• Ask for help: It can be hard to tell people how they can help – try writing down some tasks for them instead.
  • Get outside: Even a small walk around the block to get some fresh air can make all the difference.
  • Connect with people online at night: Sometimes knowing someone else is awake too can make things easier to bear.
  • Create a routine that works for you: Allow yourself some downtime when you can.
  • Find a mantra that works for you: Repeating something like “this will pass” or “my child will sleep again” can be helpful.
  • Carve out some time for your basic needs: When we miss sleep, it can feel extra challenging to take care of ourselves by showering, eating and cleaning our teeth. Prioritise your basic needs, especially when sleep is rare.
  • Call PlunketLine 0800 933 922 for free to speak to a nurse 24 hours a day, 7 days a week.

Expectations of parenthood

Parenting is a journey filled with joy and challenges. It's normal for your expectations to clash with reality, which can be stressful. If you're finding that parenthood isn’t what you expected it to be, here are some tips:

  • Talk with your support network about how you’ve been feeling.
  • Connect with other parents for insights and shared experiences.
  • Set realistic goals and clear boundaries for yourself.
  • Take steps to support your wellbeing like maintaining social connections or setting aside time for yourself each day.

Balancing social media and parenthood

Social media is a great way to connect with other parents, but it's important to balance it with real-life interactions. Remember that what you see online isn't always the full story.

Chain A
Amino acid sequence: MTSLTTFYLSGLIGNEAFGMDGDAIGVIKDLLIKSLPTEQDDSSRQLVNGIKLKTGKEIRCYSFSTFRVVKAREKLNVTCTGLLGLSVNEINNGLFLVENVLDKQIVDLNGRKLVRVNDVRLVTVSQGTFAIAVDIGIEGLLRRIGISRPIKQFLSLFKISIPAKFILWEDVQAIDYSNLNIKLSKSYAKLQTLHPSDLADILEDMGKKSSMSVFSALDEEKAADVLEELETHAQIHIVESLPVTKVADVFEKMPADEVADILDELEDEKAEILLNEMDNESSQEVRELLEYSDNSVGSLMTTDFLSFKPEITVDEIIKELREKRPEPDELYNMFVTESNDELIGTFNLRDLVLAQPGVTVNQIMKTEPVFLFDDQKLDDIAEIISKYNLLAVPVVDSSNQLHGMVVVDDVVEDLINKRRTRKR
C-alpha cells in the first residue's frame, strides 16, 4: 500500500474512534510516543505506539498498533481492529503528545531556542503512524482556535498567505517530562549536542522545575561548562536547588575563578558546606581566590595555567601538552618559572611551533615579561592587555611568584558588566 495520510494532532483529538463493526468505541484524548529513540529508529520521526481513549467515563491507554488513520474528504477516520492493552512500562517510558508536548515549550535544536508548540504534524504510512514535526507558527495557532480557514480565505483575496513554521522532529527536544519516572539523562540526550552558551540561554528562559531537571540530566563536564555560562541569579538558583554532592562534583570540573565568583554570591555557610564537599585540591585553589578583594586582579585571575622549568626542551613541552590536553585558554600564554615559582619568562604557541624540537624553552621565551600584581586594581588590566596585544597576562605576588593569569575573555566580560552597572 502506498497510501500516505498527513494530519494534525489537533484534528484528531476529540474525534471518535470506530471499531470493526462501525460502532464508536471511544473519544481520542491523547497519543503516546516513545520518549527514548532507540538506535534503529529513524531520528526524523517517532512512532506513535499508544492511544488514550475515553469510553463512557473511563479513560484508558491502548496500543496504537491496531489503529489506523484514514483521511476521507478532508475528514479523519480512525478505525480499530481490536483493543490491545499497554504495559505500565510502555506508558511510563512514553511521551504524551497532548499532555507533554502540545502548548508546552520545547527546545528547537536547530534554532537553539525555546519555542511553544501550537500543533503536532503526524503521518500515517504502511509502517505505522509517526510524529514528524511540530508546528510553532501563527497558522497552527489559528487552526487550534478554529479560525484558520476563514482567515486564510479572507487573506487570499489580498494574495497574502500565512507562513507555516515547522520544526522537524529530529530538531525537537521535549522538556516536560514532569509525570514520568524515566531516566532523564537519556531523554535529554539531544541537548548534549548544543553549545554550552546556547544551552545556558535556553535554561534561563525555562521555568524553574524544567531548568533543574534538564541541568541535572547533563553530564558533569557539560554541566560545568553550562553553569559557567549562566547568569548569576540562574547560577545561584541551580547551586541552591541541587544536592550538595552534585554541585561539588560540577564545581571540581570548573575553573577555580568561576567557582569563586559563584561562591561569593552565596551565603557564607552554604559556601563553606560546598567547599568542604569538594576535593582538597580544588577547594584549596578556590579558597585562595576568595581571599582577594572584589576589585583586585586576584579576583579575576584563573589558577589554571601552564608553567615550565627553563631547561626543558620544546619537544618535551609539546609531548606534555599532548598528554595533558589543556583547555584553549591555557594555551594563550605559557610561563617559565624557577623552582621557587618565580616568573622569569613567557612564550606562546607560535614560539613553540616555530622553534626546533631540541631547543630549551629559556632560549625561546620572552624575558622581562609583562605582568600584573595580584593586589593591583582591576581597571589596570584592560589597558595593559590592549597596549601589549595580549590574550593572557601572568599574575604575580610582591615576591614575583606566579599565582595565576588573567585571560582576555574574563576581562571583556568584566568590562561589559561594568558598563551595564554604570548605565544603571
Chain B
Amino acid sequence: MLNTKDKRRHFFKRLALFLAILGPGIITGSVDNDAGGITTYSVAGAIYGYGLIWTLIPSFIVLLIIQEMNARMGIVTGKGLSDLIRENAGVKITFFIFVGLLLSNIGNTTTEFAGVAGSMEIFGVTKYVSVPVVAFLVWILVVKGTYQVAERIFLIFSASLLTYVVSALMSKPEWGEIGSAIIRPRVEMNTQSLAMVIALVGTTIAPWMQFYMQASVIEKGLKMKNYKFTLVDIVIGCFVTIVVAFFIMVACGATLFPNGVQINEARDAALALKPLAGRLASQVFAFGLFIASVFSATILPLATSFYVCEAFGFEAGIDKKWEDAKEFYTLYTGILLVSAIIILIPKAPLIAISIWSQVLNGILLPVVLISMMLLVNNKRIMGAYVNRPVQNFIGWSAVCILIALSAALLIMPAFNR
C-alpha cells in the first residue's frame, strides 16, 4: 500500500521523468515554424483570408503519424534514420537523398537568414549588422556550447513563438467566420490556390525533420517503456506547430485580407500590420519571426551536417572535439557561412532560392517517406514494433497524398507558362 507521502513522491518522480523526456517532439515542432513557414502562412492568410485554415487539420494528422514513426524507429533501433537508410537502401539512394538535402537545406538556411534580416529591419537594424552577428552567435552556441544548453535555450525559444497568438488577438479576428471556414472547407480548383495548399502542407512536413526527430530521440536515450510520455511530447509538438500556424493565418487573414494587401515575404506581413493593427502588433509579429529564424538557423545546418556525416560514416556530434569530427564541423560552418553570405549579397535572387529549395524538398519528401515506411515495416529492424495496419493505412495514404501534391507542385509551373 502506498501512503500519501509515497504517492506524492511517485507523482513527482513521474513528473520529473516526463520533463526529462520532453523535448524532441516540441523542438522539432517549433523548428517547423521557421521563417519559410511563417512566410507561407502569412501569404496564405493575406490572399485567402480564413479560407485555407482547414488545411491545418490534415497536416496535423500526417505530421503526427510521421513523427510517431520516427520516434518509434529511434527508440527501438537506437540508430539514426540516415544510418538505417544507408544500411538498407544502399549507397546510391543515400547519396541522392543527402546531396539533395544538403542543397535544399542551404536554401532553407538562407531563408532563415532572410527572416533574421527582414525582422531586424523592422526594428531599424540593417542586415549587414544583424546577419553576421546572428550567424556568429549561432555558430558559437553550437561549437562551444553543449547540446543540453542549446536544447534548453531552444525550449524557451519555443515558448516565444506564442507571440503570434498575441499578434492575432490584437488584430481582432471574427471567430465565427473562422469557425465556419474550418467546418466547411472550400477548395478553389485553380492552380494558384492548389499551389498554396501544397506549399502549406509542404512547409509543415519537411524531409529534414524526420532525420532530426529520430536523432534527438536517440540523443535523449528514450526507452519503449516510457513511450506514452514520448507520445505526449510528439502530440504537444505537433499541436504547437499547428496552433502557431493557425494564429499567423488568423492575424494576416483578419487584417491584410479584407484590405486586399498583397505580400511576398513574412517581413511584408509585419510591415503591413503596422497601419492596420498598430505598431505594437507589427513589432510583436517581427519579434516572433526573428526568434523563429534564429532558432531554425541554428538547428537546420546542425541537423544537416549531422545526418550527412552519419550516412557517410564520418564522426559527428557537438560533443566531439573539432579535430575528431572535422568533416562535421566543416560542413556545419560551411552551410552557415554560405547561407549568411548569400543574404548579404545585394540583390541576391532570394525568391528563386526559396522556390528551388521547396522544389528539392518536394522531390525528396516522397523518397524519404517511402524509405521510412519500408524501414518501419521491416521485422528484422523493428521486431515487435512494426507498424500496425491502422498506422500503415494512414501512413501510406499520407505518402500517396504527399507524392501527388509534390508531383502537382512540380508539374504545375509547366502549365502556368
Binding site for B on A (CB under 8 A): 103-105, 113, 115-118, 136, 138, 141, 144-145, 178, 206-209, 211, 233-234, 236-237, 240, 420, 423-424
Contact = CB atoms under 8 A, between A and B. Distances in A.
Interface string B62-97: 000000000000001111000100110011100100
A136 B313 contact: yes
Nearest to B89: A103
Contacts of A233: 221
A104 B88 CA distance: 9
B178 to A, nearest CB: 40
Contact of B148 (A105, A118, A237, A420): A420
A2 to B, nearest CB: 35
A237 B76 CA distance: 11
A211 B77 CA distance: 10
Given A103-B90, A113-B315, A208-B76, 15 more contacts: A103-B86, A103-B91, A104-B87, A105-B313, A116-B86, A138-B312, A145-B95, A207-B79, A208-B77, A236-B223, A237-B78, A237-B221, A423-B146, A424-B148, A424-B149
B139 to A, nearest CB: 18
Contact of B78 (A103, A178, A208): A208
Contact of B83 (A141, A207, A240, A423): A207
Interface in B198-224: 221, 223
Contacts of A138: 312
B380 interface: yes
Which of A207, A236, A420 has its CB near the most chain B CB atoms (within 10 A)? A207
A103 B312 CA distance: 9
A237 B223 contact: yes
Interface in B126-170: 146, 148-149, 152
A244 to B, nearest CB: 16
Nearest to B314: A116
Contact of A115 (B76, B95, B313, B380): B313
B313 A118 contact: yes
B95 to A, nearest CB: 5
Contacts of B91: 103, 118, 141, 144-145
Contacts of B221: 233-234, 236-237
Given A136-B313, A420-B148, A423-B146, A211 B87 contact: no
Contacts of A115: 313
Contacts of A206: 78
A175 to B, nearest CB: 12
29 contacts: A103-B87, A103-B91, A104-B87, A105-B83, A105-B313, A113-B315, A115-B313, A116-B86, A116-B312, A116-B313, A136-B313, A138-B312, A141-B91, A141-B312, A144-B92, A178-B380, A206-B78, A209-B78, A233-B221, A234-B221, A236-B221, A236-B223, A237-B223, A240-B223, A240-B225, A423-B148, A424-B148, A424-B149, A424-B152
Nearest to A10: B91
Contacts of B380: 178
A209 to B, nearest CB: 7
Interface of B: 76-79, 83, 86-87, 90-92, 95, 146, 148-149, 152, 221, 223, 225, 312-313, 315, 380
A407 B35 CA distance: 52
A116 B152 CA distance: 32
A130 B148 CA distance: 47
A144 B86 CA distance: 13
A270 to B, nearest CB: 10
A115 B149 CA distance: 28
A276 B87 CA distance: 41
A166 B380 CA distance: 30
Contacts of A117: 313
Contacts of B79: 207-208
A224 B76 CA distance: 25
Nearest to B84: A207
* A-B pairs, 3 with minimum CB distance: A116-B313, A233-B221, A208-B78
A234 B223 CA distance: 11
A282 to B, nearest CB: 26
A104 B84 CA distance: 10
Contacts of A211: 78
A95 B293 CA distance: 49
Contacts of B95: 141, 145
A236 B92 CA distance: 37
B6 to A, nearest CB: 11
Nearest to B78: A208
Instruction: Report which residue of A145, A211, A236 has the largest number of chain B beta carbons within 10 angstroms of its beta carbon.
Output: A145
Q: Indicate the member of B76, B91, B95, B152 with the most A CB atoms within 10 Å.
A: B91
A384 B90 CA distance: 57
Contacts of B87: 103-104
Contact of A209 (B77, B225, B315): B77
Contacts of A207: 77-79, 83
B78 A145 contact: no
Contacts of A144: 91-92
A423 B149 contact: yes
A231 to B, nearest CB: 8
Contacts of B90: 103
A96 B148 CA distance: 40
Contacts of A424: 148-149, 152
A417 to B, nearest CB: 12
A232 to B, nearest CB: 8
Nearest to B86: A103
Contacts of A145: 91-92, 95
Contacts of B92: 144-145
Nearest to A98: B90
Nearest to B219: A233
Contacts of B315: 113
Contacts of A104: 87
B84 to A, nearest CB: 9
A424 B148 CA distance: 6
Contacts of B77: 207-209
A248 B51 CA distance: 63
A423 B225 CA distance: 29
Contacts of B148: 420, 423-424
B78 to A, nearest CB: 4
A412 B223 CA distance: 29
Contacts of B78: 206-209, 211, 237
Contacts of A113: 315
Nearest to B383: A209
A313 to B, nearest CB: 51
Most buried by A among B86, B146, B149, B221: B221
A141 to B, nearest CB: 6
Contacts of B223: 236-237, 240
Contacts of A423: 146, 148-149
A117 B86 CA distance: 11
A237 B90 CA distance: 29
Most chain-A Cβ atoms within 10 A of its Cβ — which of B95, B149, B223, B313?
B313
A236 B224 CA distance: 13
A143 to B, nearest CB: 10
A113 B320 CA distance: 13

What to do if you feel the need for a digital detox:

  • Engage in offline activities.
  • Limit your time on social platforms.
  • Follow pages that uplift you.
  • Let your friends and family know about your social media break.
  • Trust your instincts and always turn to trusted sources for advice.
Losing a baby

The loss of a baby, at any stage, is an indescribable pain. Grief is a deeply personal journey, and it's okay to feel a range of emotions. Here are some ways to navigate this difficult time:

  • Talk about it: Sharing your feelings can lighten the load.
  • Acknowledge your loss: Find a way that feels right for you, whether it's through rituals, gardening or other personal means.
  • Take your time: Grieving has no timeline. Take it one day at a time.
  • Self-care: Sometimes the simplest acts of self-care can be the most healing.
  • Professional support: Seek help from a healthcare professional if you need it.
Supporting someone

If you're looking to support a loved one, visit our support page for guidance on how to be there for them effectively.